When I went home in May, for a short 10 days I was a little sneaky. I persuaded one of my best friends she should do some travelling in the 6 week summer holidays she gets off from her job as a school Teacher. Telling Munji all about the incredible adventures I’d had in Thailand, Laos, Cambodia and Vietnam, and how much she would love it. I told her stories about crazy, unforgettable AND forgettable nights out, cultural experiences you couldn’t find anywhere else, and tales of countless friendships I’d made during my travels. She was instantly sold.
To be fair, I don’t think she needed much persuading. I mean, what else is there to do in Wolverhampton for six weeks right? (No offence to my family and friends who still live there 🙊)
So with her flights booked we rose a glass to celebrate, said our farewells and would next see each other in Asia in three months.
From England to Vietnam
In the week leading up to Munji’s arrival I wrote up an itinerary. It was very thorough and detailed. Perhaps a little optimistic, but I wanted her to experience as much of the country as possible. So with 10 days to play with the plan was to spend a few days in Hanoi, Sapa, Hoi An and Phong Nha. Not in that order, but it covered a little bit of everything, from the bustling city life of Hanoi, lush green rice terraces in Sapa, to culture in ancient Hoi An and even squeezing in a few outdoor water activities in Phong Nha. For I couldn’t forget the water activities for a pro swimmer like me 😂
The plan doesn’t always work
But even when you plan everything, it doesn’t always go to plan. So after Munji missed her initial flight to Vietnam (tequila to blame), we now had just 9 days to cram in everything! We re-worked the itinerary as we travelled, and not pre-booking any accommodation in advance turned out to be a blessing in disguise.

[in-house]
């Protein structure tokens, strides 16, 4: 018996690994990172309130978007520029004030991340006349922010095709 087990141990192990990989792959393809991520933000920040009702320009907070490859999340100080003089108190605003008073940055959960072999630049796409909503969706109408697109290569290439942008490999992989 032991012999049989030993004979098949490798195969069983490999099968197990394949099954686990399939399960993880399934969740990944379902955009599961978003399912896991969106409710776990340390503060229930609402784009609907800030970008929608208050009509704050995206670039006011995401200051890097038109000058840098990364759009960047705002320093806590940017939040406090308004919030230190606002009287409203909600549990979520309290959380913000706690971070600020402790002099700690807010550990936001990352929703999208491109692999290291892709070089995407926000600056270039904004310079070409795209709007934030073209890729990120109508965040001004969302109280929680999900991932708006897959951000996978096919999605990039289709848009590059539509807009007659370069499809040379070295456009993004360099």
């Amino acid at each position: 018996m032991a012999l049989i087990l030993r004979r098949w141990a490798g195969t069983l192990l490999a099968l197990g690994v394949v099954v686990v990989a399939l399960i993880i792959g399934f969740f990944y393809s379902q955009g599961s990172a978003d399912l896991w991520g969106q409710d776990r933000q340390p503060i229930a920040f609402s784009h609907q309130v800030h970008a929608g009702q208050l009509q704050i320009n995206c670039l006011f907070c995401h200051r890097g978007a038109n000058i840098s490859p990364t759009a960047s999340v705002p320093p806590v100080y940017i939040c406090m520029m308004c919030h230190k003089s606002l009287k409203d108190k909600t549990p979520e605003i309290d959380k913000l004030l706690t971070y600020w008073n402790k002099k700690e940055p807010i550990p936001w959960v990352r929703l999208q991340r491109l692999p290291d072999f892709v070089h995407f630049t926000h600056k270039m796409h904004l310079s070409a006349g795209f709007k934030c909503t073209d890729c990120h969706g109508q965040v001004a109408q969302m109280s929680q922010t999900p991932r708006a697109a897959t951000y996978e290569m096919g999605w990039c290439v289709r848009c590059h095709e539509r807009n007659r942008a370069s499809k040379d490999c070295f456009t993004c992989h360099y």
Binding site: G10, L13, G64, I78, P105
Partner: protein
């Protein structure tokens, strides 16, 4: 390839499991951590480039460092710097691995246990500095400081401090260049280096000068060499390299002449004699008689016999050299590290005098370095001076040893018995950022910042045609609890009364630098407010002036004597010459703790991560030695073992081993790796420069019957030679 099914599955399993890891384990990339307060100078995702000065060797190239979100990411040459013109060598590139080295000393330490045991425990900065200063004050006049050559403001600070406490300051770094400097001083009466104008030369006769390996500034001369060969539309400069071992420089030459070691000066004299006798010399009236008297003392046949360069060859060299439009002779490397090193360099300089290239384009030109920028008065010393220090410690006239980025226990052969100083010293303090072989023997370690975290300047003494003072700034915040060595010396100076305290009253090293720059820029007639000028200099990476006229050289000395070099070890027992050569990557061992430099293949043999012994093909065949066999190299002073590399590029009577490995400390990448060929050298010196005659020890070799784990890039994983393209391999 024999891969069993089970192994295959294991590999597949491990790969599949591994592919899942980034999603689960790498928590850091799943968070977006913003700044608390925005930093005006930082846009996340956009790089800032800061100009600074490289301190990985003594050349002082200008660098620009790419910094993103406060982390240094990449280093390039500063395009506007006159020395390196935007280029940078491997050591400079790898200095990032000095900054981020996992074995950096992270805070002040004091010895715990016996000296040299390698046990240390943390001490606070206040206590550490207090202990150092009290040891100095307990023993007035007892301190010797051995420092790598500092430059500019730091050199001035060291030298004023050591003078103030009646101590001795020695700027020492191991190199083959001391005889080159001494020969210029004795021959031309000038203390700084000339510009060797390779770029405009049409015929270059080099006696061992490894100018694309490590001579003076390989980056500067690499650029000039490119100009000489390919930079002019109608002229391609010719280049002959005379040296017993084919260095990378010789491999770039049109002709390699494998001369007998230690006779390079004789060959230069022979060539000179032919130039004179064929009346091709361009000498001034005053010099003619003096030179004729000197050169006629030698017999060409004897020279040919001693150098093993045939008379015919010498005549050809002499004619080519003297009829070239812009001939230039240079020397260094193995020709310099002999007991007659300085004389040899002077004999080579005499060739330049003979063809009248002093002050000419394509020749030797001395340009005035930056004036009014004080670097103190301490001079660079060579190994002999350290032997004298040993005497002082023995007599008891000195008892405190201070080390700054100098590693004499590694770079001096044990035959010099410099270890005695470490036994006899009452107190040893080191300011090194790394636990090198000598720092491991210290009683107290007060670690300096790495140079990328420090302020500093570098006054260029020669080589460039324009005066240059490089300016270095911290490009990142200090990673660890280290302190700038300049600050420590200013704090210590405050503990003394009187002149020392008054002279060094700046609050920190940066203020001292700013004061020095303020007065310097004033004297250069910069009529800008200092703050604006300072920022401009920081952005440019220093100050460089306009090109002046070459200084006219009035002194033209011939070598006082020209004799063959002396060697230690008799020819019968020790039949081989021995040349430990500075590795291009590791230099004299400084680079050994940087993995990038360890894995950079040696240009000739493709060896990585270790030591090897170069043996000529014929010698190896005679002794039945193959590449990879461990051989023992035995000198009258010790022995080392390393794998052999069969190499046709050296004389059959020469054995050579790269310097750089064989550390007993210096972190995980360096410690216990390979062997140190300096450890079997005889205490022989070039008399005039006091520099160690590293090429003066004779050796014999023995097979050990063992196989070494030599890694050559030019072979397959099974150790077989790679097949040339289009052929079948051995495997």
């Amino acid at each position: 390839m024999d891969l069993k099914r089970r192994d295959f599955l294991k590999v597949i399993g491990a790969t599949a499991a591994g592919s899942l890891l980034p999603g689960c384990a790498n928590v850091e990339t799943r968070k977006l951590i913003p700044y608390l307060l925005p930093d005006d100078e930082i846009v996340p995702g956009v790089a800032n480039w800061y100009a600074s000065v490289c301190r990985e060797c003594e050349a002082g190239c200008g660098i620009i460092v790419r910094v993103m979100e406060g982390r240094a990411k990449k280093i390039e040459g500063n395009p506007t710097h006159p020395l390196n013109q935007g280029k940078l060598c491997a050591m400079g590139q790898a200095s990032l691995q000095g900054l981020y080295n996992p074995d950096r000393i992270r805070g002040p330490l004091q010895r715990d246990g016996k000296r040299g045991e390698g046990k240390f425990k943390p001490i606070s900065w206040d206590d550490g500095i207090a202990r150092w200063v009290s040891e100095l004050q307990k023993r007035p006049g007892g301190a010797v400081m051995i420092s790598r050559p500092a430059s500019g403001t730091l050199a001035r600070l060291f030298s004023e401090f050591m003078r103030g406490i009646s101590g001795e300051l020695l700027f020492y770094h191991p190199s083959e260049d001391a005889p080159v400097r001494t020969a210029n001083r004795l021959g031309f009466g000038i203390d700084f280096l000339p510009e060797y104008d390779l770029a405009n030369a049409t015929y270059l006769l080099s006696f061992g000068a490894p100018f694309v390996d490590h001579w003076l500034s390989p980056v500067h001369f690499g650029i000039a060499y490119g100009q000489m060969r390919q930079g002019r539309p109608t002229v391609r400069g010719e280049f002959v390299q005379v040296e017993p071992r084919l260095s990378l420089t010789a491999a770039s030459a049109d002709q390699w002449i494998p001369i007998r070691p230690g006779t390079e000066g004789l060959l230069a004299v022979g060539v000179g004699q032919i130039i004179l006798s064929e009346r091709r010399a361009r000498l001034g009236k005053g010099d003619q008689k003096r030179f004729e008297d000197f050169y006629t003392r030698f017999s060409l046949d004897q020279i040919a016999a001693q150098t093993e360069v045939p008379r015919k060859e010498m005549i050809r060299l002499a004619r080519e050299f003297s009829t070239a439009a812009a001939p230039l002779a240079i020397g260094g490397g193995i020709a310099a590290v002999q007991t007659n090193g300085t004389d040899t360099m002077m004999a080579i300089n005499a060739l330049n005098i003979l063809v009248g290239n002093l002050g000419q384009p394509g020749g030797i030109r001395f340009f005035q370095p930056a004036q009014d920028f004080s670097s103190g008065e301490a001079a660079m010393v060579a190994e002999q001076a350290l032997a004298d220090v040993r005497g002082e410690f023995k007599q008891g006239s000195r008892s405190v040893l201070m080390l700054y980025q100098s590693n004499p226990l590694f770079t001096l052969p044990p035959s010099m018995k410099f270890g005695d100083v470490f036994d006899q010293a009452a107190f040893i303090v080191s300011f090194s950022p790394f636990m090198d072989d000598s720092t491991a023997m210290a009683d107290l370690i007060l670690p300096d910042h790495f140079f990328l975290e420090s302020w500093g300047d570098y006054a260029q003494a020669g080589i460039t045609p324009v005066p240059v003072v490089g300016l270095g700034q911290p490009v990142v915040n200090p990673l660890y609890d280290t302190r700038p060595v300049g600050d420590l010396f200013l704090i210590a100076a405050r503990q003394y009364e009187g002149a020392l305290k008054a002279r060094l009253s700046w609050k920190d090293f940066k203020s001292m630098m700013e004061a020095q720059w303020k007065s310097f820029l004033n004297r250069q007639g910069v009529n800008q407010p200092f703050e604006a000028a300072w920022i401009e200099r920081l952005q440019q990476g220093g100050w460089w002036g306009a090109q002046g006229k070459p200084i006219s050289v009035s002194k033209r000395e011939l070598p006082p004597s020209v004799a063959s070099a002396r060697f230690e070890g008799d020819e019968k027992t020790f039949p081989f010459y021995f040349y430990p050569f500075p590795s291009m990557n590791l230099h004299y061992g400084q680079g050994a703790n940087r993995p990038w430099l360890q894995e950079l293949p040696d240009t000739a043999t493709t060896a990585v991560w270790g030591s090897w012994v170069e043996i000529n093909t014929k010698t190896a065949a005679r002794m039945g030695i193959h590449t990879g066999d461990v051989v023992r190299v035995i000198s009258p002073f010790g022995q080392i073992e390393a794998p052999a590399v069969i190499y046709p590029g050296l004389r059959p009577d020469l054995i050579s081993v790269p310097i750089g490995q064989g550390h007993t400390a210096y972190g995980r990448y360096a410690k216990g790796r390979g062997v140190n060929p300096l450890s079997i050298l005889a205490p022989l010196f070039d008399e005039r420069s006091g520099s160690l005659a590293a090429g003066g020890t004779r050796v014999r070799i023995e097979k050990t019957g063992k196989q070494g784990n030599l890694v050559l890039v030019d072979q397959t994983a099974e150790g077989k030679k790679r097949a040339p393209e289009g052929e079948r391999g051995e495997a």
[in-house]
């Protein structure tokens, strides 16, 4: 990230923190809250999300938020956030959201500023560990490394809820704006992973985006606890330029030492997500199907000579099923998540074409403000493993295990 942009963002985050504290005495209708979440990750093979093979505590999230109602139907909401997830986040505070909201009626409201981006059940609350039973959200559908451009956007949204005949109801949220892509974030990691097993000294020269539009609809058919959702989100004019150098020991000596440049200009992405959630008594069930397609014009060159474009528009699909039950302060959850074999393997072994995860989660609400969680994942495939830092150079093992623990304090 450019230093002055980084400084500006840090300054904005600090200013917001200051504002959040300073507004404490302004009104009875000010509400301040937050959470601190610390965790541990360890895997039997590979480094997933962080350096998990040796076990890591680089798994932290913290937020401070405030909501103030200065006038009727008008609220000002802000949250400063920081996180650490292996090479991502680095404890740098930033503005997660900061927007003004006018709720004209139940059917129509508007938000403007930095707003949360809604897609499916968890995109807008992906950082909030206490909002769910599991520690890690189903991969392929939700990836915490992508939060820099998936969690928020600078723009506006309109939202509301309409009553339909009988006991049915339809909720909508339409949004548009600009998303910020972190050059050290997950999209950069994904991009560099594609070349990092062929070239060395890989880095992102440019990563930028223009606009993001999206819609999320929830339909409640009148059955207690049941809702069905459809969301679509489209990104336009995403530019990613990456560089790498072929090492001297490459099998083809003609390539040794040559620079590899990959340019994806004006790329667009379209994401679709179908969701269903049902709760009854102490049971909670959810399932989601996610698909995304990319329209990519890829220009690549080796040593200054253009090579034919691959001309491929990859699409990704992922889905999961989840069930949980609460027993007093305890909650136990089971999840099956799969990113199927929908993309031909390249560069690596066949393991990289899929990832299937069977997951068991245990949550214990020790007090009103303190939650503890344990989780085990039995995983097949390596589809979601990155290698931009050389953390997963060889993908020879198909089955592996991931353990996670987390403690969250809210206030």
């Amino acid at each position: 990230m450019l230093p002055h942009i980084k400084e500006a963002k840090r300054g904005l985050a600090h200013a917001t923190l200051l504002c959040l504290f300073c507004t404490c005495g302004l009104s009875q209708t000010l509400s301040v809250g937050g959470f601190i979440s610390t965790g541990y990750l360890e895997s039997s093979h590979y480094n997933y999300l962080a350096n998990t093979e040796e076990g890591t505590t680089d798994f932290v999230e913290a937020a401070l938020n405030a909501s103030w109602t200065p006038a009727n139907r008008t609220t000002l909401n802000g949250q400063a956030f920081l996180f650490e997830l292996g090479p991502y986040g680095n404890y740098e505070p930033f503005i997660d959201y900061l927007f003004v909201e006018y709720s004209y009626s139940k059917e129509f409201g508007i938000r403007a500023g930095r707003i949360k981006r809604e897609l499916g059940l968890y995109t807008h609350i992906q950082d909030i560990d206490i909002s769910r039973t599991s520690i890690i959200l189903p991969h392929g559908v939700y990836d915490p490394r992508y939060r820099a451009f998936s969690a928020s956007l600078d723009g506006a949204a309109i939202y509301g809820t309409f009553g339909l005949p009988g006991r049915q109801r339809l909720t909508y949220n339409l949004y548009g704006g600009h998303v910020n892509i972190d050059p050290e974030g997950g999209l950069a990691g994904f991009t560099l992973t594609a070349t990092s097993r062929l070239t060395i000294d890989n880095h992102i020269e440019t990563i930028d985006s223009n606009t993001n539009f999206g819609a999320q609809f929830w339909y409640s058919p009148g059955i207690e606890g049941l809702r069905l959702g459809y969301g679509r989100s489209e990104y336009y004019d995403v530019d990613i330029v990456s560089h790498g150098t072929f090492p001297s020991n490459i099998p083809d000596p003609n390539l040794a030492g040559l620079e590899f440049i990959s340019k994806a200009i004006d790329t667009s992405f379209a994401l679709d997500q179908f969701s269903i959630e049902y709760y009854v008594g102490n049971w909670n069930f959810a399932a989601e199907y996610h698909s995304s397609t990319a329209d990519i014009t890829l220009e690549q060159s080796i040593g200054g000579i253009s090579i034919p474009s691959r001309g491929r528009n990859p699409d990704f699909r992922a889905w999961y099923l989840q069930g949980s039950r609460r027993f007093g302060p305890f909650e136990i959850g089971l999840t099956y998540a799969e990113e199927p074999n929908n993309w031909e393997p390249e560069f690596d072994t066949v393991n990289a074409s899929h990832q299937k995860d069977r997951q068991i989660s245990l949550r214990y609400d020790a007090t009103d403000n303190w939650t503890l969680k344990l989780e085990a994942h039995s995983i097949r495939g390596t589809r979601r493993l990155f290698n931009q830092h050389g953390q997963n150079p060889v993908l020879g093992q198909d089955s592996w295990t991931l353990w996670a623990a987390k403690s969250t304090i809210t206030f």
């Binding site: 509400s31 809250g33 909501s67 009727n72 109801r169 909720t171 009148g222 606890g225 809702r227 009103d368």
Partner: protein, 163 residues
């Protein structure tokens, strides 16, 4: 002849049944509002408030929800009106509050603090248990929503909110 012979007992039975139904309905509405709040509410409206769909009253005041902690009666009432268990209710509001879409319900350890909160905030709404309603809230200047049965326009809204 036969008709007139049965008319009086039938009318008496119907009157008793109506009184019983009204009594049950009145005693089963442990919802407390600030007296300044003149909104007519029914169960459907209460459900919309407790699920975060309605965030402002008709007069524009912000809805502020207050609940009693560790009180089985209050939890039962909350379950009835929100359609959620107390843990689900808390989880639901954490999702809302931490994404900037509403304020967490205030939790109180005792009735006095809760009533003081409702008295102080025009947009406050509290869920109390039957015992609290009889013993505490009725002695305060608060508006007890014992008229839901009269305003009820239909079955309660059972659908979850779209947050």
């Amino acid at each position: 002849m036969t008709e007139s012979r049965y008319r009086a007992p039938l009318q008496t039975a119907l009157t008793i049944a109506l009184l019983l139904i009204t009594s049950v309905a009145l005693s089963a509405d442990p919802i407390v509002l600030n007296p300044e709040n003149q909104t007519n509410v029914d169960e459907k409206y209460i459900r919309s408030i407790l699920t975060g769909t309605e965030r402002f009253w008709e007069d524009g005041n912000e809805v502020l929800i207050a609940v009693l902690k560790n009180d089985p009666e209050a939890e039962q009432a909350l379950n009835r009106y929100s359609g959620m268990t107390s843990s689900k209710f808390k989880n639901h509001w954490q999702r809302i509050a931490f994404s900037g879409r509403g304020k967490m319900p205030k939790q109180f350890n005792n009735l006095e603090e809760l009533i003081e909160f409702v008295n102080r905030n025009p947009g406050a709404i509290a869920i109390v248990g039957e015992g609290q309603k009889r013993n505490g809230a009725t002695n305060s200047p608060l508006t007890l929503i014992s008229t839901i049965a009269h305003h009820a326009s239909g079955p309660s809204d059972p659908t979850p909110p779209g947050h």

[Travel tip #1: make plans and have a rough idea of where you want to go, but don’t stress if things don’ work out. Unexpected adventures are usually more fun anyway.]
So after a rather pleasant evening alone in Da Nang, I woke up, had breakfast, a fresh mani &
We booked an Uber to take us straight to our hostel in Hoi An which worked out cheaper than an organised tour. It cost around £10 for the 45 minute journey which I thought was pretty decent for budget and convenience. The long drive also meant we had plenty of car time to chat away and play catch up with each other’s lives! Oh what a very eventful catch up it was as well.
Here’s a little video of our Hoi An highlights. Scroll further down for more things Hoi An.
Things we did and LOVED in Hoi An:
1. Explored the night markets.
2. Enjoyed a romantic gondola ride.
3. Wandered through the ancient streets by night.
4. Sailed in coconut boats.
5. Fished for mini crabs.
6. Put our cooking skills to the test.
7. Rented bikes and rode around the town.
8. Visited temples.
*** Sorry no temple pictures available. ***
Accommodation in Vietnam:
Before this trip I don’t think Munji had ever stayed in a hostel. One of the main things I wanted her to do was experience some sort of hostel life. If not for the great atmosphere and a place to meet cool people, but to prove that there are some decent, CLEAN hostels. We stayed at Hoi An Backpackers. It was clean, modern and even had a pretty cool bar and outdoor pool! I think it’s fair to say I made my point 😏
Other things to do (if we had more time):
- Go to the beach
- Beach some more
- Read a book on the beach
- Get brown-er on the beach – if that’s at all possible 🤔
- And finally, relax at the beach
(Can you tell I’m missing the beach? 😬)
But on a more serious note, Hoi An is renowned for its the abundance of tailor shops that line the streets. You can’t walk down a street without seeing one. In fact, I read somewhere that Hoi An has the world’s highest concentration of tailors anywhere! They’ll make anything from smart suits and evening dresses to casual tops and bottoms, for very reasonable prices too!
Thoughts on Hoi An:
It’s beautiful. An elegant, charming, romantic ancient town. Perched on Vietnam’s central coast, the history along with a mix of eras and influences is reflected for all to see through its architecture. From the colourful French colonial buildings to Vietnamese tube houses and
It’s fair to say Hoi An is the most beautiful little town I’ve visited in Southeast Asia. One day just wasn’t enough time, so I’m sure I’ll be visiting again.
I hope you’ve enjoyed this post! The next one will be part 2 of Munji’s Vietnam adventure where we explore the famous terraced rice fields of northwestern Vietnam, Sapa.
Many people say Sapa has become too touristy and is now ruined. Read My Best Friend Comes To Vietnam: Part 2, to check out what we thought when we visited the green mountains of northwestern Vietnam
Current location: Blogging from this cute little coffee shop